" The Greek myths of ancient times teach us a lot about what makes a good story. Not every cultural tall tale remains in circulation for thousands of years after it was originally told, so one can definitely learn something from any set of stories that have such exceptional staying power. Above all else, I would say that the most apparent thread of success common to most of the Greek myths is the presence of poignant emotion and sadness, and even sad endings to tales that otherwise would just be a rollicking good time watching the heroes defeat the bad guys. Stories laced with deep sadness remain with us for a long time because we human beings tend to remember with our emotions, and the most powerful and lasting of our emotions invariably are those tied in to the fact of our mortality and the mortality of the ones we care about, the sad poignancy that comes with the knowledge that we will one day be gone from this earth. It's the potency of that raw emotion that allows stories to move us and become embedded deep within our souls, and those are the stories that we recall most easily and ultimately end up passing down from generation to generation long after the original authors have passed away. I believe it is for this reason that the Greek myths have stayed so relevant in modern-day culture, thousands of years after the lives of Virgil, Homer and the other great Greek storytellers.
From most official descriptions of The Golden Fleece and the Heroes Who Lived Before Achilles, one might believe this to be a retelling of the story of Jason and his quest to win the Golden Fleece. While that is the main narrative contained in this volume, the book as a whole is really a hodgepodge of almost all of the most famous Greek myths. We get the story of Prometheus and how he brought fire to the human race; the twelve labors of Heracles, each one purposely designed to be impossible, but all successfully completed by the most powerful Greek hero of them all; Theseus and his noble offer to go and be sacrificed to the minotaur, and how he turned the tables and slew the vile creature that had threatened his father's kingdom for so many years; Perseus and his quests to kill the deadly gorgon, Medusa, and free the princess from the horrible sea monster to whom she was being sacrificed to appease the wrath of Poseidon. The majority of the most captivating Greek myths ever told have found their way into this book in one form or another, and I doubt that any reader will be completely unaffected by the emotion of at least a few of them. There is a good variety of more obscure myths in this book, as well, and as much as I've studied Greek mythology through the years, there were a number of stories here that I'd never previously heard.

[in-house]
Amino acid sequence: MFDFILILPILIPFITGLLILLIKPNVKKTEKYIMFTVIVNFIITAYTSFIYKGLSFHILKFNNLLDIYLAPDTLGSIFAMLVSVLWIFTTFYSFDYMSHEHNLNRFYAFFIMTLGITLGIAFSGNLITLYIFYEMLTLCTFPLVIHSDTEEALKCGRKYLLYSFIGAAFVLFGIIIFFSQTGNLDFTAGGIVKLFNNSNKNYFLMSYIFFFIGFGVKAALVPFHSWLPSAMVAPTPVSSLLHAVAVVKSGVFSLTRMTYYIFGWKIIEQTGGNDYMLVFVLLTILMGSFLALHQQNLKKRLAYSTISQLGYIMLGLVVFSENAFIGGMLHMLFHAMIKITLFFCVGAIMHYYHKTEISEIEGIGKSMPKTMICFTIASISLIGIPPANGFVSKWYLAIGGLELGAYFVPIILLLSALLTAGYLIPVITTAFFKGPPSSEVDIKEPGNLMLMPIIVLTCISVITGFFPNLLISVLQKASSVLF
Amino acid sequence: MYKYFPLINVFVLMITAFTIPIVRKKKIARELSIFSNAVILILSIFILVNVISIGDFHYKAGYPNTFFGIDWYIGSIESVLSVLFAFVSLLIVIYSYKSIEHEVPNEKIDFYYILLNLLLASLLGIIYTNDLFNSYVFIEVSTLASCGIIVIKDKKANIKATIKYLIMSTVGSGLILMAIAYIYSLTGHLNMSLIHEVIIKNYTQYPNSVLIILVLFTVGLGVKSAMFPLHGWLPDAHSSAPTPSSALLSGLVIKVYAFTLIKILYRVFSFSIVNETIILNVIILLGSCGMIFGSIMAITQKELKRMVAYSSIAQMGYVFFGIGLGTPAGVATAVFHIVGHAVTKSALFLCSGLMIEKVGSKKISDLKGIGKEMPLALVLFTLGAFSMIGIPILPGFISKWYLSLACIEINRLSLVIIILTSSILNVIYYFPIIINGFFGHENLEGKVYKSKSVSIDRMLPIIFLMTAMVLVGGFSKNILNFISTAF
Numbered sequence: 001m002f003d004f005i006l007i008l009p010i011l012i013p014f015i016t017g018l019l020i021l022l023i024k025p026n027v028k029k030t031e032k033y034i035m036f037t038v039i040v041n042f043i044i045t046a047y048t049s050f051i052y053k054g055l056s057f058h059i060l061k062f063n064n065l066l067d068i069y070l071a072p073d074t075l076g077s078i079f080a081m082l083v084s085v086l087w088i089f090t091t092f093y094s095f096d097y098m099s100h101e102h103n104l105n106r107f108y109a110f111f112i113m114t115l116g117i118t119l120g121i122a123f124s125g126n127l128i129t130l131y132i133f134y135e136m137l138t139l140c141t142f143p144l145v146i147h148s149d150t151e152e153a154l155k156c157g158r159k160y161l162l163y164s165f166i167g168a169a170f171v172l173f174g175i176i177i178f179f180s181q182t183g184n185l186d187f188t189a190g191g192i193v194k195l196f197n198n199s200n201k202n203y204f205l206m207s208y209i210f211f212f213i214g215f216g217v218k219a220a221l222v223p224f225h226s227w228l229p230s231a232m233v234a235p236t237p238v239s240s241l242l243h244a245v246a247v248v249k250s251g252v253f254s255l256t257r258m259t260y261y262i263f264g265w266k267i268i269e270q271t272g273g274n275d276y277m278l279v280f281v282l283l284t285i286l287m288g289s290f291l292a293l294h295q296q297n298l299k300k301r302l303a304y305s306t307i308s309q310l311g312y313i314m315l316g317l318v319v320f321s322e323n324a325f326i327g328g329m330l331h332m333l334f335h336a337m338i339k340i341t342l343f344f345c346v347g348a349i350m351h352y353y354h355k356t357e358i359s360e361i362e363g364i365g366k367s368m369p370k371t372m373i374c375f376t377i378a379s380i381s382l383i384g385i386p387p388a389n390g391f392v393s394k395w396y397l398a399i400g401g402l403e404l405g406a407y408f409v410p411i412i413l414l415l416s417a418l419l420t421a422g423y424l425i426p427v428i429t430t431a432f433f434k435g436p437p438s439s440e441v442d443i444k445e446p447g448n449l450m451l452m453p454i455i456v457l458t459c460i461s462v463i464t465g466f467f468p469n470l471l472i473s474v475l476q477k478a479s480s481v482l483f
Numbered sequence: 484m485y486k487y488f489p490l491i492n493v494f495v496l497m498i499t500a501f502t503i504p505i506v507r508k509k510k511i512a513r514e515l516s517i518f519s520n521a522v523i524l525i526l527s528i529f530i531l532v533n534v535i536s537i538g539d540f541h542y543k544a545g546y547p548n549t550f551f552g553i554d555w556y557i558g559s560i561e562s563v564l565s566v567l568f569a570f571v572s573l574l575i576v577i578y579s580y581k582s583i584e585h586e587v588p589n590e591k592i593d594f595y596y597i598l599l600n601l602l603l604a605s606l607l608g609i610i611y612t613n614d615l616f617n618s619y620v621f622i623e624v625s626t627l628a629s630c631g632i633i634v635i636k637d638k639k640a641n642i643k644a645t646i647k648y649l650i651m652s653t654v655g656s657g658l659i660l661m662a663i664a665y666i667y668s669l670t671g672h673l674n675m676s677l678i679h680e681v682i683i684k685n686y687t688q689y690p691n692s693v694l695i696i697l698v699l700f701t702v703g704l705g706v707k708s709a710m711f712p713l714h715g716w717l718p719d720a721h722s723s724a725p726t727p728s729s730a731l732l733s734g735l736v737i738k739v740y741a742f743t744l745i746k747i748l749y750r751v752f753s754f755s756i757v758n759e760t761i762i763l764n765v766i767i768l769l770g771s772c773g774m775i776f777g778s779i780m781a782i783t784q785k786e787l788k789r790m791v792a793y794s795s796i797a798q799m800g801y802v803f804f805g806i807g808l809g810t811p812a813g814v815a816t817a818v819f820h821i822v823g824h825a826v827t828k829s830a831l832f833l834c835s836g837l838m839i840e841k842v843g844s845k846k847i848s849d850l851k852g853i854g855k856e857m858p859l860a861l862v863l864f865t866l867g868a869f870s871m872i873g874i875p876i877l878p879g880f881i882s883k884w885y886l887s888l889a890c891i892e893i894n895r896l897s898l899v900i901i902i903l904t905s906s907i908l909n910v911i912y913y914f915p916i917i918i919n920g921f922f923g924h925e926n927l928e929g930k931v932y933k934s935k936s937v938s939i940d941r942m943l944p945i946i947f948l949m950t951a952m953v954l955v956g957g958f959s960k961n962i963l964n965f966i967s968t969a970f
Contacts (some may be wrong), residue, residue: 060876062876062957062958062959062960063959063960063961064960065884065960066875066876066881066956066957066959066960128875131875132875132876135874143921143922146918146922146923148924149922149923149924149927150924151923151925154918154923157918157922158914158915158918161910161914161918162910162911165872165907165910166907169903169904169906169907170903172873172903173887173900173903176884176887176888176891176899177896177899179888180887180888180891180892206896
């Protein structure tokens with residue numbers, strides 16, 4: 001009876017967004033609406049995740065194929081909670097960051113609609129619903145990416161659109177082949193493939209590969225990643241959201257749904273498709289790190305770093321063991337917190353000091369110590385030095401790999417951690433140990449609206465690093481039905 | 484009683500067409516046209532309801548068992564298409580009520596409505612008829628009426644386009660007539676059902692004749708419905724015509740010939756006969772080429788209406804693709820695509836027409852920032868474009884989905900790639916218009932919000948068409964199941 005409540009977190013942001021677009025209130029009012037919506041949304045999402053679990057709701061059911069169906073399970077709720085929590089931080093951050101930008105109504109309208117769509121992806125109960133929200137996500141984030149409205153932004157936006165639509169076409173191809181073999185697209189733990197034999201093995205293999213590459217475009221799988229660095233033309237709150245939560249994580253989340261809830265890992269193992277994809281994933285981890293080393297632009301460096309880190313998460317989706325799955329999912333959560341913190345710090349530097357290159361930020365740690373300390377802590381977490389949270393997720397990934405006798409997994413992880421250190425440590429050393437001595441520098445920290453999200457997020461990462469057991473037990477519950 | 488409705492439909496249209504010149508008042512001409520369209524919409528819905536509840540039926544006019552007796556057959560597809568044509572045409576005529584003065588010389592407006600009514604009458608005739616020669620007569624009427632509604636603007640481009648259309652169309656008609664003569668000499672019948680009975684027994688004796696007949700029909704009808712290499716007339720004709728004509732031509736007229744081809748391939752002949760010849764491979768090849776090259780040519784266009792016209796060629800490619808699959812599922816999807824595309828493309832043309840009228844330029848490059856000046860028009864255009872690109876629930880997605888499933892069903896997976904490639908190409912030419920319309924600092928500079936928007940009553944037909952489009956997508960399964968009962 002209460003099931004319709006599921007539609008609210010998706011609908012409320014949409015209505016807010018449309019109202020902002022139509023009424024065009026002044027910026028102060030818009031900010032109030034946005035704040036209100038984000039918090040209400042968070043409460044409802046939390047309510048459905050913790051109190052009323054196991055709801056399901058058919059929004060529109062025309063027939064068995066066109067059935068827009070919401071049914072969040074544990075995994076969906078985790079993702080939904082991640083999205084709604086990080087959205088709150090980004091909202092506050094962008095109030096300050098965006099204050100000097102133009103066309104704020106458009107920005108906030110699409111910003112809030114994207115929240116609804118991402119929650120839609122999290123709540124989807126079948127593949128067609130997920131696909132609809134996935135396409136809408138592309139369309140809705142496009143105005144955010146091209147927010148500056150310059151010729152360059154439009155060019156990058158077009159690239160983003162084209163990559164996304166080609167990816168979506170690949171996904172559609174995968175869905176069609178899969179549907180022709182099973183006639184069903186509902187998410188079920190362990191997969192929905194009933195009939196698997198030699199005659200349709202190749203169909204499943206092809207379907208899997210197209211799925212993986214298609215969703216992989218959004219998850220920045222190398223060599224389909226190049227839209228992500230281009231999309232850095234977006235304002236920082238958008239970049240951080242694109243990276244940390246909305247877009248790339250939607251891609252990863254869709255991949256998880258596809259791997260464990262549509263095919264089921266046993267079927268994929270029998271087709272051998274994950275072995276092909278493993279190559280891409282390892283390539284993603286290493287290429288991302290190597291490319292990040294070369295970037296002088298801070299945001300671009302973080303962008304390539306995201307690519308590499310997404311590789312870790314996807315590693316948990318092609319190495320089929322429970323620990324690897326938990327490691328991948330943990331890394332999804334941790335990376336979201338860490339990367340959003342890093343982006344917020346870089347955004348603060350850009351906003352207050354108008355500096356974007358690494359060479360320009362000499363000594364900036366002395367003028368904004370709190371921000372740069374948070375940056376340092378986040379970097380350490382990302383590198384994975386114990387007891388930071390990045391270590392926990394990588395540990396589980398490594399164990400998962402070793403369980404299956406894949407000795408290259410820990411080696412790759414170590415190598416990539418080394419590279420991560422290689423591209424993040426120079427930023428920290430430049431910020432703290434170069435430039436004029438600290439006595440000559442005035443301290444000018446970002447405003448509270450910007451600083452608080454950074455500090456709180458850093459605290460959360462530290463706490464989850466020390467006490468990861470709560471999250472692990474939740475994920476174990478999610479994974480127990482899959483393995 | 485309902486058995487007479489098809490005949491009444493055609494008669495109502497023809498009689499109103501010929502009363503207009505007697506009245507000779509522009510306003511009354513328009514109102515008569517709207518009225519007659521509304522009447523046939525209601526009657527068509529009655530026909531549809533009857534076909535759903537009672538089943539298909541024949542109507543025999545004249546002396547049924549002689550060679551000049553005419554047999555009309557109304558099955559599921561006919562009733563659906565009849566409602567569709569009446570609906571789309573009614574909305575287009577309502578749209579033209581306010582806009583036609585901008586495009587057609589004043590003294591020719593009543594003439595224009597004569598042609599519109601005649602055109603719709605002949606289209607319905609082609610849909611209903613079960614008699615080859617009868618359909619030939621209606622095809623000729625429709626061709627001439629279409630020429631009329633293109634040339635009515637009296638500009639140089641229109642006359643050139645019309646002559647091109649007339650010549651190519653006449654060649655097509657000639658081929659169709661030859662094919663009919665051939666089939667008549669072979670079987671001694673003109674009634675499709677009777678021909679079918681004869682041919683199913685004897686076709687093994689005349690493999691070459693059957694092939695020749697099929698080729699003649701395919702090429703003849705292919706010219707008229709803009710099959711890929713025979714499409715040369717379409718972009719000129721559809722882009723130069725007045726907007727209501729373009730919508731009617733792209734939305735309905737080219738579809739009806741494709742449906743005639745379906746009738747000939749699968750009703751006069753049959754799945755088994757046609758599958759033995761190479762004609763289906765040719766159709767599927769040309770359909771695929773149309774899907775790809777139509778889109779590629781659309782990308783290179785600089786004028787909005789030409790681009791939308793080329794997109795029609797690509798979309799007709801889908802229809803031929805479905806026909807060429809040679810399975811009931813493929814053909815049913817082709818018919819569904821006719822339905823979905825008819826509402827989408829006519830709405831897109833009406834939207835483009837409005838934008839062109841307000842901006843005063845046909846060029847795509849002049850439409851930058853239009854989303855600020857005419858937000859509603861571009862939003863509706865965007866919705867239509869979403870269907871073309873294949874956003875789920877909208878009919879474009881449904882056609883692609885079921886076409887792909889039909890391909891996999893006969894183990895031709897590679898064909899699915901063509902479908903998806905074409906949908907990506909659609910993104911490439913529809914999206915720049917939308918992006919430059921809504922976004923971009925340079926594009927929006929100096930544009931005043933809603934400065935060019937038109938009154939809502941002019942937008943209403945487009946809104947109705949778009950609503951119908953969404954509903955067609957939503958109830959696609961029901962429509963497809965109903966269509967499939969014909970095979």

In the end, I think that what really keeps us on the edge of our seats while reading the stories of the great Greek heroes is that there's never a guaranteed happy ending; in fact, most of the time you can count on at least one element of deep tragedy occurring right at the end of the story. We never become lulled into a false sense of security in believing that the characters we're reading about are somehow owed a happy ending, and so we remain glued to the page until the final word in hopes that joy will at least mostly win out over sorrow. Sometimes it works that way and sometimes it doesn't, but in the Greek myths in this book we can never be sure which way it's going to go until it's over. It's a realistic variety of heroism, comedy and tragedy, the way the Greeks always told their stories, and is undeniably similar to the rhythm of real life as we've lived it down through the ages. Happiness and despair, grappling with each other forever and neither one taking the upper hand for very long.
Author Padraic Colum does a nice job letting the emotion of the myths that comprise The Golden Fleece and the Heroes Who Lived Before Achilles shine through, not afraid to maintain the sometimes disturbing authenticity of the original tales just because his main audience is a younger crowd. This book would be a good starting point for any age to learn about the history of Greek mythology or what it truly means to tell a good story, and I guess that's why it still occasionally goes back into print so many years after it was initially published in 1921. I can definitely see this as a book worthy of the Newbery Honor symbol that it bears, and I would probably give it two and a half stars. "
— Josiah, 2/19/2014